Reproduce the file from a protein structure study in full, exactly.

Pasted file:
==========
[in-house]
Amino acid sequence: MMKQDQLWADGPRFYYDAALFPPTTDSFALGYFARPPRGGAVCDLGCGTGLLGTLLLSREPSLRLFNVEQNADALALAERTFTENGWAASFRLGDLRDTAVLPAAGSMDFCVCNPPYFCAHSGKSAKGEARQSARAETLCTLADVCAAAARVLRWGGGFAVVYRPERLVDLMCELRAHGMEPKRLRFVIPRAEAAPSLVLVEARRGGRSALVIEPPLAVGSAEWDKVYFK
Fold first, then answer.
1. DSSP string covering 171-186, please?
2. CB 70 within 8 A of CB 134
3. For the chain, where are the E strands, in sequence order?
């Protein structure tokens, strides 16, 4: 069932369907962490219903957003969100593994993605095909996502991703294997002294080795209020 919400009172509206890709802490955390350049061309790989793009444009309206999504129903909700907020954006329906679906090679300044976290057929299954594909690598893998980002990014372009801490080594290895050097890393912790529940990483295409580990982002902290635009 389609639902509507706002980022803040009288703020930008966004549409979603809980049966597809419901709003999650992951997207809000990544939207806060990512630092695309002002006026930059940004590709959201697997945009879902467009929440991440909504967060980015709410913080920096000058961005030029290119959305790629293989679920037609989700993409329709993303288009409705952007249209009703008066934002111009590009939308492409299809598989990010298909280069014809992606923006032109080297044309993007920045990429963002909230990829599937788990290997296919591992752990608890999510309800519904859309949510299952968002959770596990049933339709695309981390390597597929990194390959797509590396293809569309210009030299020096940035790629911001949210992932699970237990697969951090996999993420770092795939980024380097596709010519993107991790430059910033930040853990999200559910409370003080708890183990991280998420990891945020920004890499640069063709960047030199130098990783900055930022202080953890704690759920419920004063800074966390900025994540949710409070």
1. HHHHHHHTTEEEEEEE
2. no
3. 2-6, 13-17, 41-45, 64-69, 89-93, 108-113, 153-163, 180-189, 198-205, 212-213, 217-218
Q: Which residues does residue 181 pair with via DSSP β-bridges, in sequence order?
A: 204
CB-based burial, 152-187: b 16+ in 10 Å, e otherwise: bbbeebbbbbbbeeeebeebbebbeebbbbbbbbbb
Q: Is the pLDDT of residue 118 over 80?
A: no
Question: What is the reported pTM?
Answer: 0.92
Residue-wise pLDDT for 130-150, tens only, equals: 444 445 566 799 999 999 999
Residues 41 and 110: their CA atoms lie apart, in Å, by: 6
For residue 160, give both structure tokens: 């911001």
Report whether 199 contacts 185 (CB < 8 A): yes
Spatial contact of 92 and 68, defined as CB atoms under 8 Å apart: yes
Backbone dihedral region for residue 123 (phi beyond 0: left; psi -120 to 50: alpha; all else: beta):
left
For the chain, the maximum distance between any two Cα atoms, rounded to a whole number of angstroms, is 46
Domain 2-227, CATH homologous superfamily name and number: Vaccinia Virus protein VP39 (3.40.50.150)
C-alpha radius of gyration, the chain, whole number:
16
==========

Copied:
[in-house]
Amino acid sequence: MMKQDQLWADGPRFYYDAALFPPTTDSFALGYFARPPRGGAVCDLGCGTGLLGTLLLSREPSLRLFNVEQNADALALAERTFTENGWAASFRLGDLRDTAVLPAAGSMDFCVCNPPYFCAHSGKSAKGEARQSARAETLCTLADVCAAAARVLRWGGGFAVVYRPERLVDLMCELRAHGMEPKRLRFVIPRAEAAPSLVLVEARRGGRSALVIEPPLAVGSAEWDKVYFK
Fold first, then answer.
1. DSSP string covering 171-186, please?
2. CB 70 within 8 A of CB 134
3. For the chain, where are the E strands, in sequence order?
């Protein structure tokens, strides 16, 4: 069932369907962490219903957003969100593994993605095909996502991703294997002294080795209020 919400009172509206890709802490955390350049061309790989793009444009309206999504129903909700907020954006329906679906090679300044976290057929299954594909690598893998980002990014372009801490080594290895050097890393912790529940990483295409580990982002902290635009 389609639902509507706002980022803040009288703020930008966004549409979603809980049966597809419901709003999650992951997207809000990544939207806060990512630092695309002002006026930059940004590709959201697997945009879902467009929440991440909504967060980015709410913080920096000058961005030029290119959305790629293989679920037609989700993409329709993303288009409705952007249209009703008066934002111009590009939308492409299809598989990010298909280069014809992606923006032109080297044309993007920045990429963002909230990829599937788990290997296919591992752990608890999510309800519904859309949510299952968002959770596990049933339709695309981390390597597929990194390959797509590396293809569309210009030299020096940035790629911001949210992932699970237990697969951090996999993420770092795939980024380097596709010519993107991790430059910033930040853990999200559910409370003080708890183990991280998420990891945020920004890499640069063709960047030199130098990783900055930022202080953890704690759920419920004063800074966390900025994540949710409070």
1. HHHHHHHTTEEEEEEE
2. no
3. 2-6, 13-17, 41-45, 64-69, 89-93, 108-113, 153-163, 180-189, 198-205, 212-213, 217-218
Q: Which residues does residue 181 pair with via DSSP β-bridges, in sequence order?
A: 204
CB-based burial, 152-187: b 16+ in 10 Å, e otherwise: bbbeebbbbbbbeeeebeebbebbeebbbbbbbbbb
Q: Is the pLDDT of residue 118 over 80?
A: no
Question: What is the reported pTM?
Answer: 0.92
Residue-wise pLDDT for 130-150, tens only, equals: 444 445 566 799 999 999 999
Residues 41 and 110: their CA atoms lie apart, in Å, by: 6
For residue 160, give both structure tokens: 């911001």
Report whether 199 contacts 185 (CB < 8 A): yes
Spatial contact of 92 and 68, defined as CB atoms under 8 Å apart: yes
Backbone dihedral region for residue 123 (phi beyond 0: left; psi -120 to 50: alpha; all else: beta):
left
For the chain, the maximum distance between any two Cα atoms, rounded to a whole number of angstroms, is 46
Domain 2-227, CATH homologous superfamily name and number: Vaccinia Virus protein VP39 (3.40.50.150)
C-alpha radius of gyration, the chain, whole number:
16